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Lisbee Stainton Lisbee Stainton
Album: Then Up
Label: Marionet
Tracks: 13

It sounds like it has been a big three years for Lisbee Stainton since her last release, the highly accomplished, soul-searching Word Games. If that record suggested she was about to take a slice of the industry's centre stage for herself, this follow up suggests she's operating far more freely on her own terms now.

Each of the previous four albums have marked clear progress - it's a confident, assured body of work that fully justifies her reputation as a songwriter of genuine poise and promise - and Then Up continues in that vein. Her most secure work to date, the voice is richer, bigger and more lived-in than before; the playing alive and certain, the production restrained and classy.

It's helped of course by the return of familiar cohorts - she's worked with Jack Rutter (gtr) and Cormac Bryne (percs) before and in Seth Lakeman's band, Adele's bassist Pete Randall is also a Lisbee regular and singer Eleanor McEvoy, who co-writes three songs, is an old friend and touring comrade. Their connectivity is clear as they play together in support of the songs, giving Lisbee the freedom to tell her stories and push her vocals, which have never sounded better than on the set's most avowedly 'folk' moment, Spark.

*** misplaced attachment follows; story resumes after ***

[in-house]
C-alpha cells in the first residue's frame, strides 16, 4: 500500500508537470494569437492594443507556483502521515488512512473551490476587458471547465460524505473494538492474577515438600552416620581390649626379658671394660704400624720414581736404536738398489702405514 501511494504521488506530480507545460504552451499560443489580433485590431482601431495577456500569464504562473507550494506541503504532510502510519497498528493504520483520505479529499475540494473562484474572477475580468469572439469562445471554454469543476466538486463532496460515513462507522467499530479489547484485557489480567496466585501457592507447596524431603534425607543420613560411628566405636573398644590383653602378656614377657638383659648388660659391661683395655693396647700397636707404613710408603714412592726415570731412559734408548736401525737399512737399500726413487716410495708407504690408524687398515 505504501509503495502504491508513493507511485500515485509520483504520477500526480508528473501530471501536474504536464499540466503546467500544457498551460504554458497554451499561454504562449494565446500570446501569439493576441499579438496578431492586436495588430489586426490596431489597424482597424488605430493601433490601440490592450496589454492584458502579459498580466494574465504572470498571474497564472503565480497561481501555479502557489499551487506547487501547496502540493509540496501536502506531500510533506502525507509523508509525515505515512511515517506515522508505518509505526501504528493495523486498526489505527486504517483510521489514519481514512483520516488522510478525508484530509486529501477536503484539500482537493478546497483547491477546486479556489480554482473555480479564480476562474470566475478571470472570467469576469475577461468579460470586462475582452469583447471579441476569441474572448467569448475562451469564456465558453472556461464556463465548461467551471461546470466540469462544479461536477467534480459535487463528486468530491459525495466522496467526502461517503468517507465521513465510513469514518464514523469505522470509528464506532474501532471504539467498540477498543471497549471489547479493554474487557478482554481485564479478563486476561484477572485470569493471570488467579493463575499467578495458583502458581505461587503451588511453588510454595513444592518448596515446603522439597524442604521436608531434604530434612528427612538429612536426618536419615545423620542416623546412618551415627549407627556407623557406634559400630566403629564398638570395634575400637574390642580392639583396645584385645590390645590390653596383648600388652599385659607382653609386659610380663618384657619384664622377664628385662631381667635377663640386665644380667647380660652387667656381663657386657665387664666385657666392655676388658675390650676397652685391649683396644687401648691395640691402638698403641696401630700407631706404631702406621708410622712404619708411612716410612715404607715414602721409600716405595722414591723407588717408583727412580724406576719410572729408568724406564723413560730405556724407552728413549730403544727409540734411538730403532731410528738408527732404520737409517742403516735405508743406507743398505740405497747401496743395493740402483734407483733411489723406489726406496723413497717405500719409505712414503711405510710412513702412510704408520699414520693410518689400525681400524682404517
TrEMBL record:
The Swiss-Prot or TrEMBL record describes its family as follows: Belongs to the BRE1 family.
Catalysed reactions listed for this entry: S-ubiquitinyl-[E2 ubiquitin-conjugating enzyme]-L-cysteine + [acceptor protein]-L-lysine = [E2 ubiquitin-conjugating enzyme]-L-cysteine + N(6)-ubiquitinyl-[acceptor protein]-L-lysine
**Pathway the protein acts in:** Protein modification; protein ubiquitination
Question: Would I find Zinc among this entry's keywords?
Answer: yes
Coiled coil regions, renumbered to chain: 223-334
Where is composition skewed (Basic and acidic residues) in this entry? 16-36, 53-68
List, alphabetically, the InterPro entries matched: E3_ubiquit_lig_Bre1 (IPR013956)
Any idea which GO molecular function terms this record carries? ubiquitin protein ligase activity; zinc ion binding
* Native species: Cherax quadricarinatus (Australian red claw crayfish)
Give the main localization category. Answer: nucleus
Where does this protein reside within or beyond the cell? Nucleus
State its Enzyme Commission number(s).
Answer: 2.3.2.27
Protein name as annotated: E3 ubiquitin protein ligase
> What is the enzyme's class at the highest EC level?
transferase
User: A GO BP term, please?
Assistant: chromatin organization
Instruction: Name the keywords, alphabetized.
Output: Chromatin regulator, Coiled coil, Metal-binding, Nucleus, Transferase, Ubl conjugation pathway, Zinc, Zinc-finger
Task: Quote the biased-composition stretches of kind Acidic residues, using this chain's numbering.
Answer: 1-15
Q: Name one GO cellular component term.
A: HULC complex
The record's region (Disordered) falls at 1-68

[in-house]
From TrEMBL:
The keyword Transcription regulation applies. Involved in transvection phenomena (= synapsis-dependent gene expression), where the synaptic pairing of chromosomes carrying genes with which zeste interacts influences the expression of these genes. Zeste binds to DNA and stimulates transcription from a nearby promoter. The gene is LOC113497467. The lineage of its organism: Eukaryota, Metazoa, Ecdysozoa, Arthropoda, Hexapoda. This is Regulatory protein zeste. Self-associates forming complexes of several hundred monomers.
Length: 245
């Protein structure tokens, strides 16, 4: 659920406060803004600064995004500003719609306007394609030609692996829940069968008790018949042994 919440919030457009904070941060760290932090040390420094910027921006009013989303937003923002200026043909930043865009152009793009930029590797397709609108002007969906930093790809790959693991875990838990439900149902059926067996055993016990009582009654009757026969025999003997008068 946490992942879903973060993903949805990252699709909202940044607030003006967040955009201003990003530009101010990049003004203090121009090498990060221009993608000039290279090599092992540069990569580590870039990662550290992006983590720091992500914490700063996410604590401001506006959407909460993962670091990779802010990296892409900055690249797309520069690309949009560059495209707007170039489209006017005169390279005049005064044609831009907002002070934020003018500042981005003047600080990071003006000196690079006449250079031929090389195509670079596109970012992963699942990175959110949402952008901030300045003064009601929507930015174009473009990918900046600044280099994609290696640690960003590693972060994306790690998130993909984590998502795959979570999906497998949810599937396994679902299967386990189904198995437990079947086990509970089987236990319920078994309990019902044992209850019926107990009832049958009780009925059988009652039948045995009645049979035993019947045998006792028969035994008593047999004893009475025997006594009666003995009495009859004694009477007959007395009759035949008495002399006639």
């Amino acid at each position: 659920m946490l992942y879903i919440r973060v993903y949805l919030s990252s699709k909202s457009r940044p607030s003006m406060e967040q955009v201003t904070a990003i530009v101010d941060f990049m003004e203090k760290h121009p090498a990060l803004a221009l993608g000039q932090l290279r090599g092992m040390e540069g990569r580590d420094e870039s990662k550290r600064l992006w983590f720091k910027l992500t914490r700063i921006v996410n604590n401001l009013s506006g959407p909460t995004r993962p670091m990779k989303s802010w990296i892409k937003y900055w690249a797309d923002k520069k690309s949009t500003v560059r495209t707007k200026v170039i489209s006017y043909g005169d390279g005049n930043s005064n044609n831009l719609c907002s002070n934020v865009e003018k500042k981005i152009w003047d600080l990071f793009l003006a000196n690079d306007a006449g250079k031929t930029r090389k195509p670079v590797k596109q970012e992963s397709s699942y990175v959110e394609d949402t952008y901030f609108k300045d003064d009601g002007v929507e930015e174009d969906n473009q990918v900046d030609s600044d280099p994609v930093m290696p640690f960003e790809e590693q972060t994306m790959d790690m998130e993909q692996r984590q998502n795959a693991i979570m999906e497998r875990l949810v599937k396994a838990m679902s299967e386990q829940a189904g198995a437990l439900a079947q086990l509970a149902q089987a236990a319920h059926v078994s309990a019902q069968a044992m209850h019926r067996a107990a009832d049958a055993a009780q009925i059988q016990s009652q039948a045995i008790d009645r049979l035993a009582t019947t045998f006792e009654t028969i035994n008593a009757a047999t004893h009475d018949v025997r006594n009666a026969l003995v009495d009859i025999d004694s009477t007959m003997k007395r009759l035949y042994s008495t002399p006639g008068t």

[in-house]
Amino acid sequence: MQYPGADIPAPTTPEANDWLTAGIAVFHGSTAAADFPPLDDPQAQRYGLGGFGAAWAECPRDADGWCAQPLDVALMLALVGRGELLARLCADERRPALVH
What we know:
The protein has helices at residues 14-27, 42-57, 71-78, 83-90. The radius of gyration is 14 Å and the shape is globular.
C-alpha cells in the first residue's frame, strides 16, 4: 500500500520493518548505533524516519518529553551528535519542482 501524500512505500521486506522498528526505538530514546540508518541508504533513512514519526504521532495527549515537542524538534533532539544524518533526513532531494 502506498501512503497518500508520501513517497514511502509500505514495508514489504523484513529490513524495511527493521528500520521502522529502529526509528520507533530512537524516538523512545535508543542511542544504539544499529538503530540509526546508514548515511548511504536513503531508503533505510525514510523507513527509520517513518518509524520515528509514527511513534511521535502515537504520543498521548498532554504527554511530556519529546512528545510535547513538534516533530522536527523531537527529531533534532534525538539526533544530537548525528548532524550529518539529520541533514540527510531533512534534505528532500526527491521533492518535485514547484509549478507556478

The spritely Vodka and Tonic (don't mind if I do!) acts as a warning as well as a non-judgemental account of the way things are sometimes; while the opening cut Burn Out explores some inner turmoil and deftly sets up what becomes a recurrent theme on the album.

Elsewhere there are poppy moments (Reason, which comes on like a hymn to mental scanning), some gently offbeat jazz (Gloria, a love story across the Berlin Wall) and more insightful self examination, the album closer Be Still, that suggests the singer has found a way of charting a course through the panic and accessing calmer thoughts.

It's a tough old world to be sure, but moments like this are a welcome source of hope.

Nick Churchill